6
$\begingroup$

Consider the Lagrangian (renormalised + counterterm) of QED:

$$\mathcal{L} = -\frac{1}{4} F_{\mu \nu}F^{\mu \nu} - \frac{1}{2 \xi}(\partial_{\mu} A^{\mu})^2 + \bar{\psi}(i \displaystyle{\not} D - m)\psi -\frac{\delta Z_A}{4} F_{\mu \nu}F^{\mu \nu} - \frac{\delta Z_A}{2 \xi}(\partial_{\mu} A^{\mu})^2 + i\delta Z_{\psi} \bar{\psi}\displaystyle{\not} \partial \psi + iZ_1e\bar{\psi}\displaystyle{\not} A \psi -i\delta Z_2 m\bar{\psi}\psi.\tag{1}$$

where the $Z_1$ counter-term includes the counter-terms coming from the electron charge, and the field renormalisations of the photon anf the fermion. Gauge invariance implies $Z_1 = Z_{\psi}$ so when renormalising the coupling, we only need the field strength renormalisation of the photon $\delta Z_A$. However, this argument apparently doesn't work in Yang Mills theory as an explicit calculation reveals they are not equal:

$$ \delta Z_{\psi}= -\frac{g^2}{8\pi^2} \frac{1}{\epsilon} C_F$$ and $$\delta Z_1= -\frac{g^2}{8\pi^2} \frac{1}{\epsilon} (C_F + C_A)$$

where $C_F$ is the Casimir of the fermion and $C_A$ is the casimir of the gluons. Wouldn't this break gauge invariance? I can see that the difference comes due to the self interaction of gluons but I don't see how it resolves my issue as under a gauge transformation, the coupling term between the fermion and the gluon shouldn't change under. Does the answer have to do with BRST symmetry? Thanks for the help in advance.

$\endgroup$
2
  • 1
    $\begingroup$ An observation about why the guage field strength renormalization does not have to be gauge independent in a non-Abelian theory: In the Abelian (QED) theory, the charge current is a gauge-invariant observable on its own, so the $e$ that appears in in must have a gauge-invariant value. However, the non-Abelian current is not an observable, because it carries a group index and thus transforms under gauge transformations, so it is not necessary that the renormalized $g$ appearing in the current has to be defined in a gauge-invariant way. $\endgroup$
    – Buzz
    Commented Apr 10, 2023 at 2:43
  • $\begingroup$ Thank you, that’s very helpful! $\endgroup$
    – emir sezik
    Commented Apr 10, 2023 at 9:41

2 Answers 2

7
$\begingroup$

To renormalize, we rescale $$ A \to \sqrt{Z_3} A , \qquad \psi \to \sqrt{Z_2} \psi , \qquad c \to \sqrt{Z_{3c}} c , \qquad g \to Z_g g $$ We then define $$ Z_1 \equiv \sqrt{Z_3} Z_g Z_2 , \qquad Z_{1c} \equiv \sqrt{Z_3} Z_g Z_{3c} \quad \implies \quad \frac{Z_1}{Z_2} = \frac{Z_{1c}}{Z_{3c}} . \tag{1} $$ Now, in QED, the gauge group is Abelian so the ghost field completely decouples from the theory and the RHS of the above is simply 1 and we get $Z_1 = Z_2$.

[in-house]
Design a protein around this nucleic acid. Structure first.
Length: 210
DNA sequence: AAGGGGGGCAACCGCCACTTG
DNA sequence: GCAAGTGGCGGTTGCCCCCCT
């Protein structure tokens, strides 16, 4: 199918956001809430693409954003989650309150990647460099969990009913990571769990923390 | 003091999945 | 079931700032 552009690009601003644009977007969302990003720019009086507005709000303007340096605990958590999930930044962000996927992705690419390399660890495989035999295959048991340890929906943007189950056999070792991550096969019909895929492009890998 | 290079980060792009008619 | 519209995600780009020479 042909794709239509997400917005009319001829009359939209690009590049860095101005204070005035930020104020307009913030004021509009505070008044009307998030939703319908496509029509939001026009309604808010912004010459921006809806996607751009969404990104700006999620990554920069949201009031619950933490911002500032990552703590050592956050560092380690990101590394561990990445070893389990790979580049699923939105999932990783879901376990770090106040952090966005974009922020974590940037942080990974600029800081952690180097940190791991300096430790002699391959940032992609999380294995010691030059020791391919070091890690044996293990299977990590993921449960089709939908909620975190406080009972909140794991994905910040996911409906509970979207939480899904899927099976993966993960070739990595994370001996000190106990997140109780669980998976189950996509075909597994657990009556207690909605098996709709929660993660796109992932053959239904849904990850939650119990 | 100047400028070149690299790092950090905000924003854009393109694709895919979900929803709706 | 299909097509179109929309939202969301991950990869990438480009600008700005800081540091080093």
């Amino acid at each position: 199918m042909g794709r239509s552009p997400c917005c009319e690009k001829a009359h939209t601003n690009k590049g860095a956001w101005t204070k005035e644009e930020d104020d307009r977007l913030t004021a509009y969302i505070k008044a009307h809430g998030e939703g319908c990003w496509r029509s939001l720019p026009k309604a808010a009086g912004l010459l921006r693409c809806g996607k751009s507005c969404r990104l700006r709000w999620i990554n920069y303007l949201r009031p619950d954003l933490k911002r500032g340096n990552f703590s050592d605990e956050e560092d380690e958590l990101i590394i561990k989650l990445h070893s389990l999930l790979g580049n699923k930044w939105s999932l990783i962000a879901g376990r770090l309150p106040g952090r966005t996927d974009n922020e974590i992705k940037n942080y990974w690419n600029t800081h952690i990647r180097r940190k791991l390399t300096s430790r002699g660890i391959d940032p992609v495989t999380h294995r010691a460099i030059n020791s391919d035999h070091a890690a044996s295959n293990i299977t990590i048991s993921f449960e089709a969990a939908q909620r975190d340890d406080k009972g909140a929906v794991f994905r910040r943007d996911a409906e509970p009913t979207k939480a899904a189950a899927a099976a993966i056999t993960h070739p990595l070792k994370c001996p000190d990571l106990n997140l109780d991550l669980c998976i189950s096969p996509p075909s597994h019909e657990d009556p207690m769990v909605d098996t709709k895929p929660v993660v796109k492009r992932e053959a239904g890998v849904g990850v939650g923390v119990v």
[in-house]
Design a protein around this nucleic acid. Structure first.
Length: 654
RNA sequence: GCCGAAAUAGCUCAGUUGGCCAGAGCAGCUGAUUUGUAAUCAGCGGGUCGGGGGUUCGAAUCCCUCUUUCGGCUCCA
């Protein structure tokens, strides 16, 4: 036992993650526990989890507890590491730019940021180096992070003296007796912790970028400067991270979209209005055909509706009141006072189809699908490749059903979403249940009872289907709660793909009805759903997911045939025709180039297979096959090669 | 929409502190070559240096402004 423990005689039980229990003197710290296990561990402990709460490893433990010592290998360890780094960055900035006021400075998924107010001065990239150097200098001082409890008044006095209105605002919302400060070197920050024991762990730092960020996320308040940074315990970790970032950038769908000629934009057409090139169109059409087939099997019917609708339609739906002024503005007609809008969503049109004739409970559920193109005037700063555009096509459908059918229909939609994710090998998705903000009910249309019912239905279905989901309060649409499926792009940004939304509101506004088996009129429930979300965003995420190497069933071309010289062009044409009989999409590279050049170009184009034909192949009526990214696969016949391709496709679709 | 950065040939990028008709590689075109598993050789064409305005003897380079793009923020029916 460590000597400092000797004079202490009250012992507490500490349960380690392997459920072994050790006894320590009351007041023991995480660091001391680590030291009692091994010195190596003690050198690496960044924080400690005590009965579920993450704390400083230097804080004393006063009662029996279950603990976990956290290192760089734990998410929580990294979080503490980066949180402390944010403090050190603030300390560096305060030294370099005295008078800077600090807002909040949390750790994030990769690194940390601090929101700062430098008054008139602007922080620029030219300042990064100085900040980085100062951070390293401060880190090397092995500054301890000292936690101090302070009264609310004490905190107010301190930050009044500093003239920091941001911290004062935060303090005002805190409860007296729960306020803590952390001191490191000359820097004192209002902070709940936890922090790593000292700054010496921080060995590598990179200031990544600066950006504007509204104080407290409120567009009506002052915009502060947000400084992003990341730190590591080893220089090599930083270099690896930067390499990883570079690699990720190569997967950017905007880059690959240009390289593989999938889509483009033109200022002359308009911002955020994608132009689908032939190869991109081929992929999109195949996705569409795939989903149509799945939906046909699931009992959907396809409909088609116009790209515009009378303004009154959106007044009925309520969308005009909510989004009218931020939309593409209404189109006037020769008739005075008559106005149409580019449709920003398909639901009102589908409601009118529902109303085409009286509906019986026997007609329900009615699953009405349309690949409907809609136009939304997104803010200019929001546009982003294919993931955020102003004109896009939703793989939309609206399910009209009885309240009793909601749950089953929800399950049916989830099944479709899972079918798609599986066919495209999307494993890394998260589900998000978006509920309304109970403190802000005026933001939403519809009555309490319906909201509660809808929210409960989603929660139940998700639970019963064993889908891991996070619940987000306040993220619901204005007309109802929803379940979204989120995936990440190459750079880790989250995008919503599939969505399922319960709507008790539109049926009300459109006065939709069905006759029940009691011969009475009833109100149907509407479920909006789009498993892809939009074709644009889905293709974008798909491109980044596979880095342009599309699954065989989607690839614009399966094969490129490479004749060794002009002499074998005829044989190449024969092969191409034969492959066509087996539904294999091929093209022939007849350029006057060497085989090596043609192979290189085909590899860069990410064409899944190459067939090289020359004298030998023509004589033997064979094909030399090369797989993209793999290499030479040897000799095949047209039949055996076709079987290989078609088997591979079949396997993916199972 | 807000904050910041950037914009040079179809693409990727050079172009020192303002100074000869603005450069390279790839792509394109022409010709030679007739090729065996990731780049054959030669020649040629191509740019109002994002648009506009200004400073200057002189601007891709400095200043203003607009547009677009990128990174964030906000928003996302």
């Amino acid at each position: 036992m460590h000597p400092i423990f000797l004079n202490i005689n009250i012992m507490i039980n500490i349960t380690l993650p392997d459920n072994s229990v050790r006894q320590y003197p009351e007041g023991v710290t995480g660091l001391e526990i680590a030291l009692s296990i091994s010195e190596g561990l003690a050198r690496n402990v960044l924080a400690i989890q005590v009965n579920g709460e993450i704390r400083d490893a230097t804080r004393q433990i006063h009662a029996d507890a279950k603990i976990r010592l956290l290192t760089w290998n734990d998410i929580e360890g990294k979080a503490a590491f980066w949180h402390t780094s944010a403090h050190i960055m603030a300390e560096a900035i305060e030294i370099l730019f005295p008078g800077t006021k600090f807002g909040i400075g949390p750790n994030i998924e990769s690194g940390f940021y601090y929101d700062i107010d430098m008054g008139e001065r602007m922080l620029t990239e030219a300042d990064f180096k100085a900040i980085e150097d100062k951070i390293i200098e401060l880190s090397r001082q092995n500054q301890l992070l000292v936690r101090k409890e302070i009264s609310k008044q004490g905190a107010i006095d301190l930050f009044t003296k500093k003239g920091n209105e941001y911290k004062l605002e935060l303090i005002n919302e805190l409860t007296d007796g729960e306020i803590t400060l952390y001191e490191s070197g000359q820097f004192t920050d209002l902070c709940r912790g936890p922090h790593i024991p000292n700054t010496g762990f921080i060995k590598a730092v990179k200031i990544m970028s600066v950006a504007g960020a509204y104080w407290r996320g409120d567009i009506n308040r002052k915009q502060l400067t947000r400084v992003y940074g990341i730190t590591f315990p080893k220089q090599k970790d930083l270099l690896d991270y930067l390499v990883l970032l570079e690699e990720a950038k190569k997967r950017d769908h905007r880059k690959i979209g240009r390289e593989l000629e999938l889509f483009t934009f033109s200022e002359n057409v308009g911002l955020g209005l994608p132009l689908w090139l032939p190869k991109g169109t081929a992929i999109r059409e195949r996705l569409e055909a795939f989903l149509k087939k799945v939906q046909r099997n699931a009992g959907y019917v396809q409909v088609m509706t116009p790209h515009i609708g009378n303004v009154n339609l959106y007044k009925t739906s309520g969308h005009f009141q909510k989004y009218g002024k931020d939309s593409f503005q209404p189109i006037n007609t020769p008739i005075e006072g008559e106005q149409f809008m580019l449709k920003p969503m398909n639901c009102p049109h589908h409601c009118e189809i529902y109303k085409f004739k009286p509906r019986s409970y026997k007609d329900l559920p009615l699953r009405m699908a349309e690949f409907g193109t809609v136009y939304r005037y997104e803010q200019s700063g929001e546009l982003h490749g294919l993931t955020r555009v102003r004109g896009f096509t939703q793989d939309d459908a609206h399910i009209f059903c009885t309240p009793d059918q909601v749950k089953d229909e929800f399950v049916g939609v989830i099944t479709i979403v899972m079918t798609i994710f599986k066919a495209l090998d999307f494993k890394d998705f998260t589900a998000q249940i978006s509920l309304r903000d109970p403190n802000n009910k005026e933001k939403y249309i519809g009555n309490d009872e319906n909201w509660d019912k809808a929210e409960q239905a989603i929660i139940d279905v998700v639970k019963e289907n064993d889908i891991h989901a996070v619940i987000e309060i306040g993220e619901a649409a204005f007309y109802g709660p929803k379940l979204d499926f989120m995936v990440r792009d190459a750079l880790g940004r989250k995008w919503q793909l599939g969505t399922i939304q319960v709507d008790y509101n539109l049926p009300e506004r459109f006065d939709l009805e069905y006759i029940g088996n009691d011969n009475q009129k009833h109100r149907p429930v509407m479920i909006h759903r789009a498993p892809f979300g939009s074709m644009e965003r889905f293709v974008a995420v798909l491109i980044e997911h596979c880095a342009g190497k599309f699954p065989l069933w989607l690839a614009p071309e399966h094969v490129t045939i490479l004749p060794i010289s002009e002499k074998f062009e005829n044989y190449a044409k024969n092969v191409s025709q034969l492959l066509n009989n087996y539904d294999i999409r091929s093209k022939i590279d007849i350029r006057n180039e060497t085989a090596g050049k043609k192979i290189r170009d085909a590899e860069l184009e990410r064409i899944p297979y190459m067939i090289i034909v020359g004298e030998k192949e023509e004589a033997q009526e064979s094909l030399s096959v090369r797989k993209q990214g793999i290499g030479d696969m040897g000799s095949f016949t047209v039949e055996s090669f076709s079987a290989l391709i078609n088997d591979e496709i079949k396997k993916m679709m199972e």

This decoupling does NOT generally happen in non-Abelian gauge theories so the general formula shown above actually holds. Indeed, using the explicit formulas from Schwartz's QFT book (section 26.5.3) \begin{align} \delta_1 &= \frac{1}{\epsilon} \frac{g^2}{16\pi^2}[ - 2 C_F - 2 C_A + 2 ( 1 - \xi) C_F + \frac{1}{2} ( 1 - \xi ) C_A ] + {\cal O}(g^3) , \\ \delta_2 &= \frac{1}{\epsilon} \frac{g^2}{16\pi^2} [ - 2 C_F + 2 ( 1 - \xi ) C_F ]+ {\cal O}(g^3) , \\ \delta_{1c} &= \frac{1}{\epsilon} \frac{g^2}{16\pi^2} [ - C_A + (1-\xi) C_A ]+ {\cal O}(g^3) , \\ \delta_{3c} &= \frac{1}{\epsilon} \frac{g^2}{16\pi^2}[ C_A + \frac{1}{2} ( 1 - \xi ) C_A ] + {\cal O}(g^3) \end{align} We can then easily check that $$ \delta_1 - \delta_2 = \delta_{1c} - \delta_{3c} + {\cal O}(g^3) . $$ which is the linearized version of (1).

This was of course evaluated in $R_\xi$-gauge. If we chose to work in axial gauge where the ghost decouples (just like in QED), then we would find $Z_1 = Z_2$.

$\endgroup$
5
$\begingroup$
  1. It is true that gauge invariance in QED implies the Ward–Takahashi identity, which in turn implies $Z_1=Z_{\psi}$, but it cannot be directly read off from the action (1) as OP seems to suggest.

  2. In contrast, the non-abelian Yang-Mills case is governed by the Slavnov-Taylor identities.

References:

  1. M. Srednicki, QFT, 2007; chapters 68 + 73. A prepublication draft PDF file is available here.
$\endgroup$

Your Answer

By clicking “Post Your Answer”, you agree to our terms of service and acknowledge you have read our privacy policy.

Not the answer you're looking for? Browse other questions tagged or ask your own question.